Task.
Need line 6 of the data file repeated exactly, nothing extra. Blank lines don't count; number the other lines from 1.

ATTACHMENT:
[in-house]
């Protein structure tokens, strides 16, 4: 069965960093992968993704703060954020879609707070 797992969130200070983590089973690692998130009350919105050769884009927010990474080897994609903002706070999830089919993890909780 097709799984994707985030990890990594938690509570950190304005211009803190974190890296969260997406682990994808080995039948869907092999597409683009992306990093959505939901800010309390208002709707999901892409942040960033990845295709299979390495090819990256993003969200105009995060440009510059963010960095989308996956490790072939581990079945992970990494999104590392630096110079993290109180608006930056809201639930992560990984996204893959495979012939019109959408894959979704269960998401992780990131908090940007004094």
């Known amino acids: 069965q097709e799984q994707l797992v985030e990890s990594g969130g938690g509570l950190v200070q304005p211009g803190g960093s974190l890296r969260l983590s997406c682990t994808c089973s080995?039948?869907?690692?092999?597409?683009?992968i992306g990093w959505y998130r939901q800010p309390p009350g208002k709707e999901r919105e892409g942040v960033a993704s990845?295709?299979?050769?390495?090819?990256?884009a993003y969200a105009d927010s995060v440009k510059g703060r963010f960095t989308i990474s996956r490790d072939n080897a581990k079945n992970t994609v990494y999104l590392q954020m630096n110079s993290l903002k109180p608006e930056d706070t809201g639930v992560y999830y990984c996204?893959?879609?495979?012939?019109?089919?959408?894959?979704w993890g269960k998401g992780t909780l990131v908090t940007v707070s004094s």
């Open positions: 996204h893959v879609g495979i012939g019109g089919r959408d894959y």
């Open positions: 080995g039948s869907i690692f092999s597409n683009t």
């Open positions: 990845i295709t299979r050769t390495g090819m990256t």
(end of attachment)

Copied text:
């Open positions: 990845i295709t299979r050769t390495g090819m990256t």